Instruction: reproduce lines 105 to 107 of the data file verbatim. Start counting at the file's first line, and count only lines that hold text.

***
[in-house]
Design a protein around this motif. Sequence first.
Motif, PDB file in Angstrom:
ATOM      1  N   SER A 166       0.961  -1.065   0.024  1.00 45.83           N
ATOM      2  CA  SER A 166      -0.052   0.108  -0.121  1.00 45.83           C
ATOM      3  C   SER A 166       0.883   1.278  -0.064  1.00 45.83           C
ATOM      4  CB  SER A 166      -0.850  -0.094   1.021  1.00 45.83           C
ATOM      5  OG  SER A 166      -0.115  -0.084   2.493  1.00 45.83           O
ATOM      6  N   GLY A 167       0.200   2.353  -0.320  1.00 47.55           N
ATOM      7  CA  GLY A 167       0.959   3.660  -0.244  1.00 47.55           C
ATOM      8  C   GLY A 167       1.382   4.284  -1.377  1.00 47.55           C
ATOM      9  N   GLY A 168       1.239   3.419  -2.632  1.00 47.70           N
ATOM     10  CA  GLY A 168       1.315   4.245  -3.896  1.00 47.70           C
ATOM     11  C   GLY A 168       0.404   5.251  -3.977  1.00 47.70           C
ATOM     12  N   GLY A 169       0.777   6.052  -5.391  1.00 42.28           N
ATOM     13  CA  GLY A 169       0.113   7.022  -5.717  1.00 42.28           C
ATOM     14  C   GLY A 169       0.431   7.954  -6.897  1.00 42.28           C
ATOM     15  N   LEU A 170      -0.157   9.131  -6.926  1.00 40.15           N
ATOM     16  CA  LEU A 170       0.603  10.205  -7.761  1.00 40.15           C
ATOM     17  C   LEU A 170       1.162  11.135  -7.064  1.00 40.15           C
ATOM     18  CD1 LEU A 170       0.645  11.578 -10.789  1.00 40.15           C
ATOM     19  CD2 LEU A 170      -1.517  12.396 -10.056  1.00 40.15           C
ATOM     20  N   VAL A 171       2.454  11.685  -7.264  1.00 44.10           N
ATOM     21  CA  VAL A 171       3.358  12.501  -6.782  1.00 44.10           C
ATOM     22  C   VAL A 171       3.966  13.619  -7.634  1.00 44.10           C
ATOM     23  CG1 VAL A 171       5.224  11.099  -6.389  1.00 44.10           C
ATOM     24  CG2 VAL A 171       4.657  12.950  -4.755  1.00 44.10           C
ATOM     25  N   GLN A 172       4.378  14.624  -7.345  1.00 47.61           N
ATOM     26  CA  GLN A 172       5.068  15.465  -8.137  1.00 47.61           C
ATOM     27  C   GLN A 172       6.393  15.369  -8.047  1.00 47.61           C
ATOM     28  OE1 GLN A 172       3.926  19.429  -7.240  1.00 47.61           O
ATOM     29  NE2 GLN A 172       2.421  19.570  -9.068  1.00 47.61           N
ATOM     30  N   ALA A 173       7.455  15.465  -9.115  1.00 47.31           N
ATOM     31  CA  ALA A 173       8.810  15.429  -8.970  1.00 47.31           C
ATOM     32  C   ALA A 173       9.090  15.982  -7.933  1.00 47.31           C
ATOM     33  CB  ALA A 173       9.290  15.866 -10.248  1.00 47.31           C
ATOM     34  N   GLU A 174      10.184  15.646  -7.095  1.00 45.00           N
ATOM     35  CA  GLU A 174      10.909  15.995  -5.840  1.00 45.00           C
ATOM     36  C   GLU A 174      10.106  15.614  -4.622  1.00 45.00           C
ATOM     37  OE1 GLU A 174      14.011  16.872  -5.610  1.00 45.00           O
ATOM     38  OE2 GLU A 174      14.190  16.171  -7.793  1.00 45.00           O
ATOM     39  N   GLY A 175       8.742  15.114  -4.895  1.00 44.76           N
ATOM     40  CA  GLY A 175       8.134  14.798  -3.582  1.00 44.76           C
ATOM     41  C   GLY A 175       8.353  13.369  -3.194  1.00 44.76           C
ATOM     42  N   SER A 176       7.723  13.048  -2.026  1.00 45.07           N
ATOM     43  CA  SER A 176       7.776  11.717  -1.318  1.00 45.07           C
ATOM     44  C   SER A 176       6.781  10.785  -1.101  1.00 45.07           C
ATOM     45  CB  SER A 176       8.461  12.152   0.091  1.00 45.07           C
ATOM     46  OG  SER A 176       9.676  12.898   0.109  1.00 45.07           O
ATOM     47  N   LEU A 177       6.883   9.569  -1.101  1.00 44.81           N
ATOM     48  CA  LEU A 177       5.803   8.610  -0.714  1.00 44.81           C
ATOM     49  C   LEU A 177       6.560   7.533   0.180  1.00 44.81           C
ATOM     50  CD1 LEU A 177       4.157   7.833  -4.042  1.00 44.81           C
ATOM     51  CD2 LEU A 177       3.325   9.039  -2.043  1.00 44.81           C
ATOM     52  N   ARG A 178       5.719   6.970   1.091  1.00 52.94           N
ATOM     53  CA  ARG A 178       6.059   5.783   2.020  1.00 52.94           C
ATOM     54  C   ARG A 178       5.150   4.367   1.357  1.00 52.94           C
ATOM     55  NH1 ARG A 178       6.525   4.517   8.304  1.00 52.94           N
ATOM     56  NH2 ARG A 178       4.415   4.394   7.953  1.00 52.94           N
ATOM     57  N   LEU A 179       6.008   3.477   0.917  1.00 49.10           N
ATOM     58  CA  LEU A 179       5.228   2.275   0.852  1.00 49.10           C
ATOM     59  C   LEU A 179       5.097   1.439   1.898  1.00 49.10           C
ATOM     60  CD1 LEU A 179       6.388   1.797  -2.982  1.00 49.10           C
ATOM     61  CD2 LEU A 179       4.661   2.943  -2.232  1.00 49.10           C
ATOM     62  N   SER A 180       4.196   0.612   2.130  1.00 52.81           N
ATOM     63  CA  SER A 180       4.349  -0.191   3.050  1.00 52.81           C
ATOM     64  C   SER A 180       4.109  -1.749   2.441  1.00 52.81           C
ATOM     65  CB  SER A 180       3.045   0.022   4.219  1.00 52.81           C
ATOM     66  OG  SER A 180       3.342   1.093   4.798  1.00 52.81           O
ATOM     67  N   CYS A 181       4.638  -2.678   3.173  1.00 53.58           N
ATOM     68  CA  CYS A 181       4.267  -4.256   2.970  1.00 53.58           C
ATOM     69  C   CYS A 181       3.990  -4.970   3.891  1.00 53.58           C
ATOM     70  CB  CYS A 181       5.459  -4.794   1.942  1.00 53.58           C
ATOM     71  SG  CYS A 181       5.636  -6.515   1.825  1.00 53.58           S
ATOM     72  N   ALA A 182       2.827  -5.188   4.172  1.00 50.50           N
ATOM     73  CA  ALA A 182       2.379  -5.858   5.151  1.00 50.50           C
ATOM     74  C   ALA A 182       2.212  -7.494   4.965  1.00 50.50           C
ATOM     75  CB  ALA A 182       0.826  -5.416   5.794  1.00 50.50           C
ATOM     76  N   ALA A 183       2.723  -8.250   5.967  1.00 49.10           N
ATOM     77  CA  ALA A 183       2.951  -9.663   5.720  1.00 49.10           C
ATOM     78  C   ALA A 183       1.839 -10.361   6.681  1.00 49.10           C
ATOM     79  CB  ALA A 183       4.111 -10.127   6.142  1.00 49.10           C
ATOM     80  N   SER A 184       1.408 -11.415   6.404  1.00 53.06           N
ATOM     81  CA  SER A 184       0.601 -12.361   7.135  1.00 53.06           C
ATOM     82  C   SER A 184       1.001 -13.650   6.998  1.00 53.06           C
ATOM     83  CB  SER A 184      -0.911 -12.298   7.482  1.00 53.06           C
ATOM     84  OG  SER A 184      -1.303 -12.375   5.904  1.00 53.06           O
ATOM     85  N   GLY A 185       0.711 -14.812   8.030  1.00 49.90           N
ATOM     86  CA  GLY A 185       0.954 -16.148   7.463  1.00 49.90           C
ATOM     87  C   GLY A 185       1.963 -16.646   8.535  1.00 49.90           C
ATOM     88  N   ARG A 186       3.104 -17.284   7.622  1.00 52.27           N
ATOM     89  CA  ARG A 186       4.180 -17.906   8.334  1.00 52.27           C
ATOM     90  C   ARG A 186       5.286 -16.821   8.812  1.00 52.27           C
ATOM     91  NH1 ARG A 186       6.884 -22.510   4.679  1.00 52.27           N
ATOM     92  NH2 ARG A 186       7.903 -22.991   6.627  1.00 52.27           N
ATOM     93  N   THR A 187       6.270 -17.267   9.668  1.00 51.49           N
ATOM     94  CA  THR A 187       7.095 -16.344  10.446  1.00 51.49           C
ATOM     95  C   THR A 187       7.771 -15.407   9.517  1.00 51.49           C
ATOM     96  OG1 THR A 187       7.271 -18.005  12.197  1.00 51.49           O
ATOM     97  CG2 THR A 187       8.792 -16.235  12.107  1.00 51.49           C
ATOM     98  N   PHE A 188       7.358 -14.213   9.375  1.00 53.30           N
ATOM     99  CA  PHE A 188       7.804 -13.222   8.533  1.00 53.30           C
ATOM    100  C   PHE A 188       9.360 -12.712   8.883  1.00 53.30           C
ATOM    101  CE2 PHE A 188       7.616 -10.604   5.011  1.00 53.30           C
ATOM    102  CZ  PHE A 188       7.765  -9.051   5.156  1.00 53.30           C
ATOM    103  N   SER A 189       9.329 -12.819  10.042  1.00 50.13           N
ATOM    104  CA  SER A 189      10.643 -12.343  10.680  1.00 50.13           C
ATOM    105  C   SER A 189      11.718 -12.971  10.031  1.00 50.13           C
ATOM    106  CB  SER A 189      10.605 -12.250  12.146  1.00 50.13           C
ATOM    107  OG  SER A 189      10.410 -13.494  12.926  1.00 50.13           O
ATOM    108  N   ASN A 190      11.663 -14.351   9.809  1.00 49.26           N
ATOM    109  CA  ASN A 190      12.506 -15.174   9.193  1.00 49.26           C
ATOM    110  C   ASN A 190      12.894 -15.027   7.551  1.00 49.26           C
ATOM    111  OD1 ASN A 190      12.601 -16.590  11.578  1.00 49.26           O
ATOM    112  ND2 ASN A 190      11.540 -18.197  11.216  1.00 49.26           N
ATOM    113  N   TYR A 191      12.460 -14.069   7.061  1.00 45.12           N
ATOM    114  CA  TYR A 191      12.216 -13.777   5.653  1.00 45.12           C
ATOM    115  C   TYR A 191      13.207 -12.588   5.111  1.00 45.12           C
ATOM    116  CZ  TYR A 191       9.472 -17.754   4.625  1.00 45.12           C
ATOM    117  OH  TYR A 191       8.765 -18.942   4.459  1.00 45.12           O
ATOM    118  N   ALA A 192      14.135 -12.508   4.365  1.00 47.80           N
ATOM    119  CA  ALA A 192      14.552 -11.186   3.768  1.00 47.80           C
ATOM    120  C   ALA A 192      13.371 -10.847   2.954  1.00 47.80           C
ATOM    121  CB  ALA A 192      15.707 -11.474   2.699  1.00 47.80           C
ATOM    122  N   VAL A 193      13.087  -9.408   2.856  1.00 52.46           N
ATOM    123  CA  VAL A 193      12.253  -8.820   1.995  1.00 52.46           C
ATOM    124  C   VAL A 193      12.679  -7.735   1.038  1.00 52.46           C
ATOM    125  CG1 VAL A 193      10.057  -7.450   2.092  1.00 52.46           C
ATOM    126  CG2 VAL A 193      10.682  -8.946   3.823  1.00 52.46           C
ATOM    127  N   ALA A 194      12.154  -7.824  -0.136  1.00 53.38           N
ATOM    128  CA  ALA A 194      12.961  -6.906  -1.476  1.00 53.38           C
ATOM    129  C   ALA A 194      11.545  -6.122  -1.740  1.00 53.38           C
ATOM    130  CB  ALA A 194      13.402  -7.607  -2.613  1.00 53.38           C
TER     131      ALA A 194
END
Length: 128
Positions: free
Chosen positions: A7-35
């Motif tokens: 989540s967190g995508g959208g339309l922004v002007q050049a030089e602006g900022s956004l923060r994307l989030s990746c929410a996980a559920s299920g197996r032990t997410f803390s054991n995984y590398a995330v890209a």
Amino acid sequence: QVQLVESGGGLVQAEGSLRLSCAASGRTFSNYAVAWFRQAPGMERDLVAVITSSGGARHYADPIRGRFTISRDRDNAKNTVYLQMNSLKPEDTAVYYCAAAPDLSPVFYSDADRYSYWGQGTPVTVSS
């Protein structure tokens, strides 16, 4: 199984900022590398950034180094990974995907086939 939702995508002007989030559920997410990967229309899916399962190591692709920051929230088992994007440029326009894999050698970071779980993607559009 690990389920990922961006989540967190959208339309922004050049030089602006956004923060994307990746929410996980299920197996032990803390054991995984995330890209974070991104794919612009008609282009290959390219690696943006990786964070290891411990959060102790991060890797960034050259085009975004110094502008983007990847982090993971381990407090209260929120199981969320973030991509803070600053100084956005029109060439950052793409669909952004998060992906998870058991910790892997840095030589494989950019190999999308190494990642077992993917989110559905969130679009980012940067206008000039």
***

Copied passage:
ATOM    102  CZ  PHE A 188       7.765  -9.051   5.156  1.00 53.30           C
ATOM    103  N   SER A 189       9.329 -12.819  10.042  1.00 50.13           N
ATOM    104  CA  SER A 189      10.643 -12.343  10.680  1.00 50.13           C